Essentially from this provision the Indonesian government is requiring all startups to be registered before they are able to commence operations in Indonesia. Although this is quite clear from the current version of the Draft Amendment, it remains to be seen whether it is practical in enforcing this registration obligation as most startups looking to establish their business in Indonesia are mostly operating from overseas.

Also, it is also unclear whether with this registration requirement, all electronic system providers that provide such public services will be required to establish a local presence in Indonesia as currently in practice only those that have a local presence are able to register with the Director General of Information Technology Application under the Minister of Communication and Information Technology.

Much Needed Revision to Data Localization Rules

Under the Electronic Systems Regulation, electronic system providers that operate public services are required to place their data centre and disaster recovery centre in Indonesia.[18] This will be changed in the Draft Amendment to strategic electronic data that has to be placed in local data centres and disaster recovery centres.[19] The Draft Amendment also asserts that strategic electronic data must be managed, processed, and stored in Indonesia using networks and electronic systems located in Indonesia, and prohibits strategic electronic data to be transferred, traded, and/or copied overseas.[20]

Strategic electronic data is defined as “electronic data that has strategical impacts to the effectiveness of state organizations, including state defence and security”. The Draft Amendment does not elaborate further this definition other than that strategic electronic data is “any electronic data for which any threats and/or interference which are directed at such data will result in the obstruction of state organizations, defence and security”.[21]

However, the government seems to acknowledge the long-lived misunderstanding of the definition of public services in relation to the data localization rules under the Electronic Systems Regulation and has opted to stipulate under the Draft Amendment that the government will determine which government institutions are in possession of strategic electronic data and the President will determine further what is considered as strategic electronic data pursuant to the definition and criteria of strategic electronic data under the Draft Amendment.[22]

Although what is considered as strategic electronic will still be unclear when the Draft Amendment is enacted, this at least will provide some degree of certainty that what is considered as strategic electronic data will be comprehensively defined by the government and President as mandated by the Draft Amendment.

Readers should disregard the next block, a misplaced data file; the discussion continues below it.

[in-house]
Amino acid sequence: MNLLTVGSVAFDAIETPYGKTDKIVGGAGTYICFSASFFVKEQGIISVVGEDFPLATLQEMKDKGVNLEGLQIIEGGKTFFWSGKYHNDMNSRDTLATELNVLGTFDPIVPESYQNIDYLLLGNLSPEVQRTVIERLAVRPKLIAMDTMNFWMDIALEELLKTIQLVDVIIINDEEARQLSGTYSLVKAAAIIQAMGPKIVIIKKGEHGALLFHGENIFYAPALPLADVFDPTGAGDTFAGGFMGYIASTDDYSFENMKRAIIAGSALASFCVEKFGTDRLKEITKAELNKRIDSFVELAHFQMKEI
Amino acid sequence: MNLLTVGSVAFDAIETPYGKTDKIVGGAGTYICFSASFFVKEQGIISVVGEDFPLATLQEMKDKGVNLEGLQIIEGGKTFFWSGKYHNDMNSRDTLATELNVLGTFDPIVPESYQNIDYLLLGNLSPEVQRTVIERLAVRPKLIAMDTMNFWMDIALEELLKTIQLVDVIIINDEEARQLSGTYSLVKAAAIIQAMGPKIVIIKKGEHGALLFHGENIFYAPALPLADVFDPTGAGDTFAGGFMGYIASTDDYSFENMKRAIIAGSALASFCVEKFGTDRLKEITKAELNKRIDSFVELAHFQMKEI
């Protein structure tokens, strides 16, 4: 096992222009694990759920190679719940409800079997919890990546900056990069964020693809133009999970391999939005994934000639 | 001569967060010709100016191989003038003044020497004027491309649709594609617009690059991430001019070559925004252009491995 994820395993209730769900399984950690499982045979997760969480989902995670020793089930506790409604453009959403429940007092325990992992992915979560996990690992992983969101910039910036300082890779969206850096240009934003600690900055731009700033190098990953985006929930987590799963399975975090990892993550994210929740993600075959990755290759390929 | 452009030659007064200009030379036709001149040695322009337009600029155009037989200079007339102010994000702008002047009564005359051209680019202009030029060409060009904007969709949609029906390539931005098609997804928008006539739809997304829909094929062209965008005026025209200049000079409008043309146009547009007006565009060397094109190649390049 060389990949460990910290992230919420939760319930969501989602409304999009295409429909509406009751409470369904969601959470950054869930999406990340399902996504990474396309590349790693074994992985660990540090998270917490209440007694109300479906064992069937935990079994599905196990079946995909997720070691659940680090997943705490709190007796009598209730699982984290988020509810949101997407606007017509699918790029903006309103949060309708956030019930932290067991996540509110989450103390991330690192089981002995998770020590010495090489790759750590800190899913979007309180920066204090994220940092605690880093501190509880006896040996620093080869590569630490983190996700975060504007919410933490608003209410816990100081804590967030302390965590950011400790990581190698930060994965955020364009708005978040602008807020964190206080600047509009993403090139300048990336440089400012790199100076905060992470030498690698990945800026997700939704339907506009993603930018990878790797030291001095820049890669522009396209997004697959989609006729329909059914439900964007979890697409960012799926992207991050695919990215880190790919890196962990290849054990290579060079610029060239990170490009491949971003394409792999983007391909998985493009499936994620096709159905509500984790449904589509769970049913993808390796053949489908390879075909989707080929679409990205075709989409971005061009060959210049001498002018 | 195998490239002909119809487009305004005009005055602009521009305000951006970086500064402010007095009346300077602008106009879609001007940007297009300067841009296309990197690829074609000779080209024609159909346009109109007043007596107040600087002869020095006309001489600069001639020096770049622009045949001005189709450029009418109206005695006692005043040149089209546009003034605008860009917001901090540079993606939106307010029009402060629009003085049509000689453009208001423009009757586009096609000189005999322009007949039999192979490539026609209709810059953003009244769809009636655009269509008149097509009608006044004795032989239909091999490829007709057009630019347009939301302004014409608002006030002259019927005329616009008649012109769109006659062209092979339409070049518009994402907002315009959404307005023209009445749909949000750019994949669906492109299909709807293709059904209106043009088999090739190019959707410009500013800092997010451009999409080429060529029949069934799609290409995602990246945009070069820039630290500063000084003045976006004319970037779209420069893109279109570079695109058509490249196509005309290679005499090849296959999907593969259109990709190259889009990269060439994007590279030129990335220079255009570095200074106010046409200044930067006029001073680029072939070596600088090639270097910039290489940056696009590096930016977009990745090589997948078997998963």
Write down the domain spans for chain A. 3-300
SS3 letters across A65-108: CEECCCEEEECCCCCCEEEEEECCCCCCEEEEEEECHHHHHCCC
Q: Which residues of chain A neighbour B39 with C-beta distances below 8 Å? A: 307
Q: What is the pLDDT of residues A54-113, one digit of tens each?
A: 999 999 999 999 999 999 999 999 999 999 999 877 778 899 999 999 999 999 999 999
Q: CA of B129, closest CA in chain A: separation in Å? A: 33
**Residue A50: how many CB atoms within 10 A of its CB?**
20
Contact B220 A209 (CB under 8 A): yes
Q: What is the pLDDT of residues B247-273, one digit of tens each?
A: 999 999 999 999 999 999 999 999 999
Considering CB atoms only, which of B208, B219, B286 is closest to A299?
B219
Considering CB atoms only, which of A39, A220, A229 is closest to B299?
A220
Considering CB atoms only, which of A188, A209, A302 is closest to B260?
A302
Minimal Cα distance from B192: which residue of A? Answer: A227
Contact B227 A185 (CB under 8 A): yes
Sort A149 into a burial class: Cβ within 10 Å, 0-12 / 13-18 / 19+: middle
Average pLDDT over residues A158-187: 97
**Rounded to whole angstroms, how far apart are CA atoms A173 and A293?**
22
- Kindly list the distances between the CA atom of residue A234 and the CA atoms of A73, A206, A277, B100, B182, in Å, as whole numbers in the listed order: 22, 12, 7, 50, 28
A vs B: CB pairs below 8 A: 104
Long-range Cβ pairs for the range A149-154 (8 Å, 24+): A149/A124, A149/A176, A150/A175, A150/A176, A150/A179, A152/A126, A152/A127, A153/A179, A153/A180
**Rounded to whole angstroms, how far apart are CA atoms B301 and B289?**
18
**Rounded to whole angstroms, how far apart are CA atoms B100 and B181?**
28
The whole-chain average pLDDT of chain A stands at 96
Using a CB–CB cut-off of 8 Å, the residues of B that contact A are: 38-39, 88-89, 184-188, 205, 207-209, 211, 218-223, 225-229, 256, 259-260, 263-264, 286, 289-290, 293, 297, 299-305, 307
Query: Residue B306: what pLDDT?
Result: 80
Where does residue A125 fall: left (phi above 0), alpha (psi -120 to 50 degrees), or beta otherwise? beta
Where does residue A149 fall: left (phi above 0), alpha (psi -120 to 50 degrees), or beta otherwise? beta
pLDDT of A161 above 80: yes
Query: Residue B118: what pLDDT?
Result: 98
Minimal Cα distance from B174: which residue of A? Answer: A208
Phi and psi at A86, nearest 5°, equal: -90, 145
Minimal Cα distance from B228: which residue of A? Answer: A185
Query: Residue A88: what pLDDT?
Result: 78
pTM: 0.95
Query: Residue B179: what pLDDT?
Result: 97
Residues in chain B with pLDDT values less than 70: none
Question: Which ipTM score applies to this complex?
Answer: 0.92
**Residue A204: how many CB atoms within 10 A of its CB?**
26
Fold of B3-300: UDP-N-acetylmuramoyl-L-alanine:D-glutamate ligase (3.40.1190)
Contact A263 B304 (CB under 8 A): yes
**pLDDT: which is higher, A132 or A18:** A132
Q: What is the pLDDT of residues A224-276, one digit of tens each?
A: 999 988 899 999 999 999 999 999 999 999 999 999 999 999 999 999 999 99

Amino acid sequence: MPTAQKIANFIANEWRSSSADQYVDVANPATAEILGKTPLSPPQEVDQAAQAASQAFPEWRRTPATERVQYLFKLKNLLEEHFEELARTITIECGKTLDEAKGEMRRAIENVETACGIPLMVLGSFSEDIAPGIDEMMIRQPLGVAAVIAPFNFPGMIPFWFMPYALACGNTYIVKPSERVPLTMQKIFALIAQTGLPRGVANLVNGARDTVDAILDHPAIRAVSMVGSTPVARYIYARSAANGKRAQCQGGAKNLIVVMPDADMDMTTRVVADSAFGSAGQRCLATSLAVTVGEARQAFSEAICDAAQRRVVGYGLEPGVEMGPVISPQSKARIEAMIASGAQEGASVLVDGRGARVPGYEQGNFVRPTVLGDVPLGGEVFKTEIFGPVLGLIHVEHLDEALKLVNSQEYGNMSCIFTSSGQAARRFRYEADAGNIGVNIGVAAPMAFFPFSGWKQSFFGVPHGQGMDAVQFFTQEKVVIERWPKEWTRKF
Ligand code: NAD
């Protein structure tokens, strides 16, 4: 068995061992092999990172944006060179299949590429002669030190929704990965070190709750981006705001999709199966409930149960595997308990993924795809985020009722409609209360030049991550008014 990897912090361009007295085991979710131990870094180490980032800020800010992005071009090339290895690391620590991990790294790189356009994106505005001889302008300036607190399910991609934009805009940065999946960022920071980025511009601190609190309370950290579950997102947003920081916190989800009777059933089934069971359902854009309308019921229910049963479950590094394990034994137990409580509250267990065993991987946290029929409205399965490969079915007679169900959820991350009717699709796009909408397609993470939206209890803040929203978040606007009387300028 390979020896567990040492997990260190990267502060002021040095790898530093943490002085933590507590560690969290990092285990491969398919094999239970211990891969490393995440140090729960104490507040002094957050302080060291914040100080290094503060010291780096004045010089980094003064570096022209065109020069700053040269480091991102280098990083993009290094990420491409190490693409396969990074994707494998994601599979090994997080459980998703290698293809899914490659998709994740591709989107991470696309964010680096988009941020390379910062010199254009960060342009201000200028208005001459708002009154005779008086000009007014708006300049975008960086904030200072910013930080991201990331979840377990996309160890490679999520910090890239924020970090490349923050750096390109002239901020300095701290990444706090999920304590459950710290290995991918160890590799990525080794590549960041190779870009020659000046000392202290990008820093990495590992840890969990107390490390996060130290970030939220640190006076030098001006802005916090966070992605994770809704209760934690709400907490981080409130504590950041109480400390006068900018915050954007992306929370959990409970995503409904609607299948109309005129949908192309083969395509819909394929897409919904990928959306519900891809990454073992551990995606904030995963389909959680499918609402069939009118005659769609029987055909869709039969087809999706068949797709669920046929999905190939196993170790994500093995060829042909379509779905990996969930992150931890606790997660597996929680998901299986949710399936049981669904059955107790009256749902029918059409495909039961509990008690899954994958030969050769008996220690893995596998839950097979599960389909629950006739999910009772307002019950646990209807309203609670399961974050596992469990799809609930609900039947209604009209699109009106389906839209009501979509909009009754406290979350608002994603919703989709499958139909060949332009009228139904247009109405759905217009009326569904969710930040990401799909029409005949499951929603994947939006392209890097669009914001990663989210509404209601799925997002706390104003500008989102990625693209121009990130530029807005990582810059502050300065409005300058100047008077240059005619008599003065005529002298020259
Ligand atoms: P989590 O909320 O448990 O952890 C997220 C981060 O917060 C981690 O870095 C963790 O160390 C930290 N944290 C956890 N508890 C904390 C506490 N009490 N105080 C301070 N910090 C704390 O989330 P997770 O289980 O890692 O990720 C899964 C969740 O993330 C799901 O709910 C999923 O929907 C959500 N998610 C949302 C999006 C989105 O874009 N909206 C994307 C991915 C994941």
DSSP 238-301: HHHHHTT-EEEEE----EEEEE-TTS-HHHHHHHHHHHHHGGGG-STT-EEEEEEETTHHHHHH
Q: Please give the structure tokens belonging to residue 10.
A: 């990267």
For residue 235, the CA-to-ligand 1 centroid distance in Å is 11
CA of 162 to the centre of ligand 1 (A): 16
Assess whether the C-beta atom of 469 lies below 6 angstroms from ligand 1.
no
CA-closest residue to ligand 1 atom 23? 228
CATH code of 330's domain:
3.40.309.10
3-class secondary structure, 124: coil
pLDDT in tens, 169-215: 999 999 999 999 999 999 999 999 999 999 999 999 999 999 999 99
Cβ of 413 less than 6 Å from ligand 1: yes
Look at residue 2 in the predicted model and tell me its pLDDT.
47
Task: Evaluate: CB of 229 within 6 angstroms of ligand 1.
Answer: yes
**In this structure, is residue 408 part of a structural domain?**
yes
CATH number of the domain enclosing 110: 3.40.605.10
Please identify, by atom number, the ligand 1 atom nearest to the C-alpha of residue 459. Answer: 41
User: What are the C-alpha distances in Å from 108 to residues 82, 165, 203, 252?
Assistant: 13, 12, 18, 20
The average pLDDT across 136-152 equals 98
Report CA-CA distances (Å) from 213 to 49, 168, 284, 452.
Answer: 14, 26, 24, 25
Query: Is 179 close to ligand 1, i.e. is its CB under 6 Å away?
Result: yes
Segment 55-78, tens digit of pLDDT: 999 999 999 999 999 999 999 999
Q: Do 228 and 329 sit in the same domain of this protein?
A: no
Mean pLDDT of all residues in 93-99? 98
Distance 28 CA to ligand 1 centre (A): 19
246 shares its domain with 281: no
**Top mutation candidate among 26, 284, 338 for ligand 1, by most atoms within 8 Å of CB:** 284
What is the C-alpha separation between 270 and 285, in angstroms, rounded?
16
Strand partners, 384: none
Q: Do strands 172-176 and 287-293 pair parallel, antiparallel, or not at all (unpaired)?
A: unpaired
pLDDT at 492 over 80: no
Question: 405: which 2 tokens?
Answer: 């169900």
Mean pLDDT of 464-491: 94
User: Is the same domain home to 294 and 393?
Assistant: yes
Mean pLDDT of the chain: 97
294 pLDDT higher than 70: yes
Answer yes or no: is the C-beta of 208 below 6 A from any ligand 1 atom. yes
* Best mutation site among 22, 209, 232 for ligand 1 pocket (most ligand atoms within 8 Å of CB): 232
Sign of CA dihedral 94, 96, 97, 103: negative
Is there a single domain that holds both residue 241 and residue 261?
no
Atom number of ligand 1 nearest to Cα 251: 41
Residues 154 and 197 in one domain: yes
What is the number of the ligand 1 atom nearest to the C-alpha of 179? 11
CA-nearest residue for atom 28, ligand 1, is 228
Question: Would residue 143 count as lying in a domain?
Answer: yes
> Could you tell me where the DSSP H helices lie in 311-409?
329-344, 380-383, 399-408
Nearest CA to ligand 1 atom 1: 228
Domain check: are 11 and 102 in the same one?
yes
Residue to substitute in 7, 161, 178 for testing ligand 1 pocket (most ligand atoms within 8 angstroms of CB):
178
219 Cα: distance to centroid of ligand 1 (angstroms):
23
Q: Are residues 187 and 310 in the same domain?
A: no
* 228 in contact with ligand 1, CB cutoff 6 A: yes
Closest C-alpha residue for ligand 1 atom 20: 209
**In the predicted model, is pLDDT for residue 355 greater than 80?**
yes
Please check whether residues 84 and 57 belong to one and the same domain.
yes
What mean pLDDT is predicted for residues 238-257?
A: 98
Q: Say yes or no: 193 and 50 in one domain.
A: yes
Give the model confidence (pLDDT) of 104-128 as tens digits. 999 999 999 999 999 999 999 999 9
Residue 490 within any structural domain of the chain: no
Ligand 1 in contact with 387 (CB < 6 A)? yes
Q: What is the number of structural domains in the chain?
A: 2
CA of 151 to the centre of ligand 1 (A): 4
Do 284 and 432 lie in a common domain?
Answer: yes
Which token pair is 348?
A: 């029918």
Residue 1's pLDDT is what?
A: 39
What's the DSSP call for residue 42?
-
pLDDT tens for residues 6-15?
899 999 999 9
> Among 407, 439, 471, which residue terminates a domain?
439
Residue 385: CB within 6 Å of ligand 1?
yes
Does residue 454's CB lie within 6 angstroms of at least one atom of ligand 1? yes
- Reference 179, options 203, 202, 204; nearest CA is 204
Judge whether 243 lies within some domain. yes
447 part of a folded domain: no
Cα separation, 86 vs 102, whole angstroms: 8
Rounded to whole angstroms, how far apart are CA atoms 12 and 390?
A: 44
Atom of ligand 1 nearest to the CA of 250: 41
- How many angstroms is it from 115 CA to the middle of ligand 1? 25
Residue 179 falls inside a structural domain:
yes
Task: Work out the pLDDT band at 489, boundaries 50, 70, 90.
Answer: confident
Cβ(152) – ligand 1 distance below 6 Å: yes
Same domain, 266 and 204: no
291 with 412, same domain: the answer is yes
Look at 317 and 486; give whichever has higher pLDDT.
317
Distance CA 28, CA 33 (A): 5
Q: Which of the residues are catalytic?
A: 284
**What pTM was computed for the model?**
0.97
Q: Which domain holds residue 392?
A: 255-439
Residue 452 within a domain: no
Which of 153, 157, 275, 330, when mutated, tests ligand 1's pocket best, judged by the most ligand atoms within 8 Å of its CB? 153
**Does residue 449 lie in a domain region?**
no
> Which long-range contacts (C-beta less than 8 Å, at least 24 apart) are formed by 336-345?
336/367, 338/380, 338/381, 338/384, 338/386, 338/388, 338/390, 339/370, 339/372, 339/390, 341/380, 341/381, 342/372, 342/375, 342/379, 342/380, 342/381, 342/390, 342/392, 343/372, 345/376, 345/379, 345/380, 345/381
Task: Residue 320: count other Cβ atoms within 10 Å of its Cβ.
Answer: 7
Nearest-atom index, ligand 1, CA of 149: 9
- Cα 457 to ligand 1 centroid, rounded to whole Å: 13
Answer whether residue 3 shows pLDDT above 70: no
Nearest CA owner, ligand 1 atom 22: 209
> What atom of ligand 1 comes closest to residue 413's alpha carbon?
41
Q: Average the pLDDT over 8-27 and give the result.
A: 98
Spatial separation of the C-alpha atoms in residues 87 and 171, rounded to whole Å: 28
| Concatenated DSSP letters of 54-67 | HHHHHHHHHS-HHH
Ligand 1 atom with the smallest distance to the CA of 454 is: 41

The Right to be Forgotten

The EIT Law introduces the right to be forgotten to Indonesian law. One of the main provisions is that every electronic system provider must dispose of personal data under their control that are no longer relevant upon receiving a request to do so from the personal data subject based on a court order.[23]

Not Relevant

Not relevant is explained in the Draft Amendment as personal data:[24]

  1. That is obtained and processed without the consent of the personal data subject;

  2. Of which the consent has been withdrawn by the personal data subject;

  3. That is illegally obtained and processed;

  4. That is no longer appropriate for what it was intended;

  5. Of which is used exceeding the time limit that was agreed or based on prevailing laws and regulations; or

  6. That is displayed by electronic system provider which has caused damages to the personal data subject.

If a personal data subject feels that any of his/her personal data fulfils any of the above criteria, the personal data subject in question may apply for a court order to compel the relevant electronic system provider to delete the personal data that is no longer relevant. The court will then examine whether the personal data applied to be disposed is no longer relevant in accordance with the criteria stated above.[25]

Court Order and Administrative Sanctions

If the relevant court approves the right to be forgotten application filed by the personal data subject and issues the court order for the electronic system provider to dispose of the no longer relevant personal data, the electronic system provider in question is obliged to abide by such court order.[26]

From the current version of the Draft Amendment, the Draft Amendment solely mandates Indonesian courts to examine right to be forgotten requests as opposed to what is practiced in the European Union, in which such right to be forgotten requests are sent directly to the relevant electronic system provider. As such, the Draft Amendment does not stipulate any mandatory form of internal procedure to examine right to be forgotten requests for electronic system providers but focuses more on making sure that electronic system providers have the necessary internal procedure to dispose not relevant personal data.